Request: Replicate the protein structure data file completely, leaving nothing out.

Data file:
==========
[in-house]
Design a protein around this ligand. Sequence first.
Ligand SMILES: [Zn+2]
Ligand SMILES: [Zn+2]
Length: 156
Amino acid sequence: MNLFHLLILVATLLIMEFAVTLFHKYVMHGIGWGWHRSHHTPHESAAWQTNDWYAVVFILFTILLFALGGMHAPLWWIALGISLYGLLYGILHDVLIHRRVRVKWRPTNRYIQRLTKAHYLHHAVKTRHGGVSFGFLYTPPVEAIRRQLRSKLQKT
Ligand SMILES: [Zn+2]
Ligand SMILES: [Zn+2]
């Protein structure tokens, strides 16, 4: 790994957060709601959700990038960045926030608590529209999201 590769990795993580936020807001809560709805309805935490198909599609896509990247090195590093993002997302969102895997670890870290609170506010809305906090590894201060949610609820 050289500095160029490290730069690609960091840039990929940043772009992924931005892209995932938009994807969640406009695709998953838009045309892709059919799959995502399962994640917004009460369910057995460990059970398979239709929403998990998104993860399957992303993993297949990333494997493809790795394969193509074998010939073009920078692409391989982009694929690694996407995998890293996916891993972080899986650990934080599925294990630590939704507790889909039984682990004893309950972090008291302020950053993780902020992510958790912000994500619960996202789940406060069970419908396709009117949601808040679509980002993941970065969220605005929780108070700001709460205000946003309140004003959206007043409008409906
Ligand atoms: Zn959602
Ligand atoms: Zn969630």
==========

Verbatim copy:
[in-house]
Design a protein around this ligand. Sequence first.
Ligand SMILES: [Zn+2]
Ligand SMILES: [Zn+2]
Length: 156
Amino acid sequence: MNLFHLLILVATLLIMEFAVTLFHKYVMHGIGWGWHRSHHTPHESAAWQTNDWYAVVFILFTILLFALGGMHAPLWWIALGISLYGLLYGILHDVLIHRRVRVKWRPTNRYIQRLTKAHYLHHAVKTRHGGVSFGFLYTPPVEAIRRQLRSKLQKT
Ligand SMILES: [Zn+2]
Ligand SMILES: [Zn+2]
């Protein structure tokens, strides 16, 4: 790994957060709601959700990038960045926030608590529209999201 590769990795993580936020807001809560709805309805935490198909599609896509990247090195590093993002997302969102895997670890870290609170506010809305906090590894201060949610609820 050289500095160029490290730069690609960091840039990929940043772009992924931005892209995932938009994807969640406009695709998953838009045309892709059919799959995502399962994640917004009460369910057995460990059970398979239709929403998990998104993860399957992303993993297949990333494997493809790795394969193509074998010939073009920078692409391989982009694929690694996407995998890293996916891993972080899986650990934080599925294990630590939704507790889909039984682990004893309950972090008291302020950053993780902020992510958790912000994500619960996202789940406060069970419908396709009117949601808040679509980002993941970065969220605005929780108070700001709460205000946003309140004003959206007043409008409906
Ligand atoms: Zn959602
Ligand atoms: Zn969630």